The bike starts easily even on cold mornings if the correct procedure is followed. The “choke” lever actually activates enrichening circuits in the carburetors. With the “choke” on and the throttle left closed, the XS650 starts quickly. But the motorcycle won’t start if the throttle is opened at all.
By removing the passenger grab strap and substituting a grab rail behind the seat, Yamaha engineers improved the XS650’s seat a great deal. Seat grab straps have a nasty habit of being positioned just where the solo rider wants to sit, making the seat less comfortable at best and often numbing the rider’s butt during long rides. The 1979 version of the 650, thanks to that simple change and also the suspension, is the most comfortable XS650 so far. Fork compliance is good. With a 140-lb. rider and no baggage, the rear shocks are too stiff, but that’s a matter of personal preference. Suspension action on both large and small bumps is above average. The only chassis flaw encountered during highway testing was a tendency for the Bridgestone Super Speed tires to follow freeway rain grooves and produce a slight front end oscillation noticeable through the handlebars.
In sporting use the XS650 acquitted itself well, largely because of its low center of gravity and ability to turn quickly without requiring a lot of rider force. Instead of having to lift the bike up - as is the case with many street bikes - from one side and throw it down on the other side to make fast left-right transitions (as in ess curves) the rider can accomplish the same thing with far less effort. Simply put, the Yamaha Twin responds to rider input quickly and easily. Only the fastest, quickest - entry turns produced the barest hint of a wallow with the shocks at the lowest preload setting. At the highest speeds it is capable of attaining, the XS650 handles almost perfectly. Ground clearance is excellent, and only the hardest riding is likely to drag parts. On the left side, the side stand scrapes. On the right side the footpeg and muffler bracket mount bolt will scrape, but only at the point at which the tires slide and lose traction. When the bracket bolt touches down, the rider better be ready to try a flat-track-style slide or else abandon ship. It takes an extreme lean angle to get into that kind of trouble.
The single front disc feels strong and is controllable, but we had problems keeping the rear drum from locking during panic stops (for braking distance tests). Rear brake control under normal conditions wasn’t a problem. Front brake effectiveness is limited by tire adhesion - the brake can deliver more stopping power than available tire traction can handle. Finding the point of maximum deceleration while avoiding lock-up is not difficult.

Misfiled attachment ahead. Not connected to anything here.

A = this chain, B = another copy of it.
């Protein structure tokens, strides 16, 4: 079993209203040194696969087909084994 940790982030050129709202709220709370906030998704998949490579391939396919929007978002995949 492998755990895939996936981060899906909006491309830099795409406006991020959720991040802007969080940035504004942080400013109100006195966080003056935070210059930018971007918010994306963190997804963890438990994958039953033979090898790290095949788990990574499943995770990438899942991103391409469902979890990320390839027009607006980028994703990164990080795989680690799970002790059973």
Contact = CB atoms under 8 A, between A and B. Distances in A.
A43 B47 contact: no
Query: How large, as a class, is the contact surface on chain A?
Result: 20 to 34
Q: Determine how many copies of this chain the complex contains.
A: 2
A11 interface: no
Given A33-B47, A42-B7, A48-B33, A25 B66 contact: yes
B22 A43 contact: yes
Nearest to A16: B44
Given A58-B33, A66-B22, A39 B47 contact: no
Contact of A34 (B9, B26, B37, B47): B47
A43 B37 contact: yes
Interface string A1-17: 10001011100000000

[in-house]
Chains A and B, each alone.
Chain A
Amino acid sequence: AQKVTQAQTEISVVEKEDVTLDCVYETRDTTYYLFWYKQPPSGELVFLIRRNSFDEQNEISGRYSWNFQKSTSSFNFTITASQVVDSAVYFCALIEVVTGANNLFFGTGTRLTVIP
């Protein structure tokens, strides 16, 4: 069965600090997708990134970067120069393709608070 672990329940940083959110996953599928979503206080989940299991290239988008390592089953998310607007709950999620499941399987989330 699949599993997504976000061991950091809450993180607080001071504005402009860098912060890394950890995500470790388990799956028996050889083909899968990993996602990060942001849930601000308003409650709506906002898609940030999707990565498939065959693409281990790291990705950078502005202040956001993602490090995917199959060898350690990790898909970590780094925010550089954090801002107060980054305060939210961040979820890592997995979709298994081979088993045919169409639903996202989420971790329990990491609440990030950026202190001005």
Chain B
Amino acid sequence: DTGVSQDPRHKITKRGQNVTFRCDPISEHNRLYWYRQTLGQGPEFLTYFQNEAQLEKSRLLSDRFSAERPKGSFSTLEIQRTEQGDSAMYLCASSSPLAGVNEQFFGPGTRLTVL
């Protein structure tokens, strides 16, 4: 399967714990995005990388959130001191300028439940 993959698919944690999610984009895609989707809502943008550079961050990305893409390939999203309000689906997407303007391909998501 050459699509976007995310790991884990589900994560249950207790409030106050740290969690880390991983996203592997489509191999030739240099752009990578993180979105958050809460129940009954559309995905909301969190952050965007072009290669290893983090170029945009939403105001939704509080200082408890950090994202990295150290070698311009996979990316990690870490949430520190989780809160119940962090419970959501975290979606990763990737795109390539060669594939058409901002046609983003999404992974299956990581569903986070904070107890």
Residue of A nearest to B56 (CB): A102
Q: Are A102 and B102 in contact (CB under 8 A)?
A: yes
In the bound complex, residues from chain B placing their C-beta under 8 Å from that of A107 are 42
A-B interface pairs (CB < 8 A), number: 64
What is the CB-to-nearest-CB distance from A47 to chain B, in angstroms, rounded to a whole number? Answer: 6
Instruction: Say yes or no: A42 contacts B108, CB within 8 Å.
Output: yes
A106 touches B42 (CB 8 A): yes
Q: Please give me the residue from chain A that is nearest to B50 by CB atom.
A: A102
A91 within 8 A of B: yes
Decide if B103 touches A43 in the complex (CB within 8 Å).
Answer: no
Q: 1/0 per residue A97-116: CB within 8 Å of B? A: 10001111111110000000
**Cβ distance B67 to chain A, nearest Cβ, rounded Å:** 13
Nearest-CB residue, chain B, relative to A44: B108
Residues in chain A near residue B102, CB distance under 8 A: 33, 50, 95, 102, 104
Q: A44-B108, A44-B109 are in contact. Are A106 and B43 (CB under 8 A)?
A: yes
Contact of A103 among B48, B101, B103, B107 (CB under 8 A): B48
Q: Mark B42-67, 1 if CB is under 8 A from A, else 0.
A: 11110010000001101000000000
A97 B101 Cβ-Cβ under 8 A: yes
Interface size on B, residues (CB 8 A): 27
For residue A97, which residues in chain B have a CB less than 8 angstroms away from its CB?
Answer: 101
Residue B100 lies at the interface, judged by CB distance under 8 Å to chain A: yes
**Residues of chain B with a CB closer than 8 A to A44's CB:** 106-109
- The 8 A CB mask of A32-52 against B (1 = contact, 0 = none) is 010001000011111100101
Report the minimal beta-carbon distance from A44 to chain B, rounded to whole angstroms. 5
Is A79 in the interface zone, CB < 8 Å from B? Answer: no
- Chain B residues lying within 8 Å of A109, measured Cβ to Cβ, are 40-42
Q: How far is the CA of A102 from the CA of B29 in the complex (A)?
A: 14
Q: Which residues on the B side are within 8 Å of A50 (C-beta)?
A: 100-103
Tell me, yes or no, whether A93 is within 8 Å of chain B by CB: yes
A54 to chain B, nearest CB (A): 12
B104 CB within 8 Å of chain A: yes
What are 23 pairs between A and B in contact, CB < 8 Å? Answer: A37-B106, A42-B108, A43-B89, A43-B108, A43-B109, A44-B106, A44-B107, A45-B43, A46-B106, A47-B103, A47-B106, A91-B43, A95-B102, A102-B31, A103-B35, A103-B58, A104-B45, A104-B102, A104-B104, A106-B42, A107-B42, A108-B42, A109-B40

Instruments, lights, controls and electrics are all what we’ve come to expect from Yamaha. They work, and work well. Turn signals are self-canceling. Instrument illumination at night is especially good. The numbers on the speedometer and tachometer appear white during daylight hours, but glow a subtle orange at night. Readability is excellent and so is speedometer accuracy: indicated 60 mph is actually 59.36 mph.
The fact that motorcyclists today are not surprised when a bike has reliable electrics and readable instruments and easy-to-use controls shows just how far motorcycling has come since the days of British dominance. Old-time Triumph owners never bought one replacement part - they bought two.
The XS650 really isn’t very much like the Triumphs and BSAs of old. It’s a modern motorcycle, refined and honed and civilized, and it does what it does very well."

Craigslist treasures: 1981 Puch Cafe Racer.

Recently spotted on The Bay area Craigslist is this brilliant 81 Puch Moped Cafe Racer. It has a two speed auto. Aluminum rims, cafe race bars, bap muffler and adjustable shocks- a snip at a mere $850.00 or best offer. See the full ad here.

Saturday, September 1, 2007

Ode to the Dustbin Fairing:

Edited for size From RoadRacerX

Airtech Streamlining's Dustbin fairing on a MV Agusta 175

"Dustbin fairings were banned by the FIM in the years after WWII. It was a period of increasingly restrictive rules, as forced induction (i.e., turbo-charging and supercharging) was also banned. Nominally, the fairing rules were put down to ensure that motorcycles had adequate steering lock and were not imperiled by crosswinds. The truth is probably that the rules were British punishment for the Germans’ starting the war and the Italians’ role in it; the restrictions definitely extended the useful life of the British racing singles that made up the bulk of 350 and 500cc grids.

The rules that define legal motorcycle fairings have hardly been revised since. Both wheels and the rider need to be pretty much fully visible when seen from the side. I think it’s time to toss out these rules in MotoGP. If the rules were binned, it would not be long before we’d see a return to full—dustbin-style—fairings.

Airtech got this from a purchase of old molds that were from Greasy Dick Kilgore's Fibercraft. This beautiful dustbin fairing is fairly narrow but has worked on singles, twins singles, twins and four cylinders applications

Here’s why I think dustbins are an idea that should be saved from motorcycling’s, er, dustbin:

First, the original reasons cited for banning them no longer make sense, if they ever did. The steering-lock argument was a canard; race bikes need very little steering lock and in fact they get safer with less of it, not more. As for crosswind stability, that’s a problem that contemporary wind-tunnel testing and aerodynamic modeling should make entirely solvable.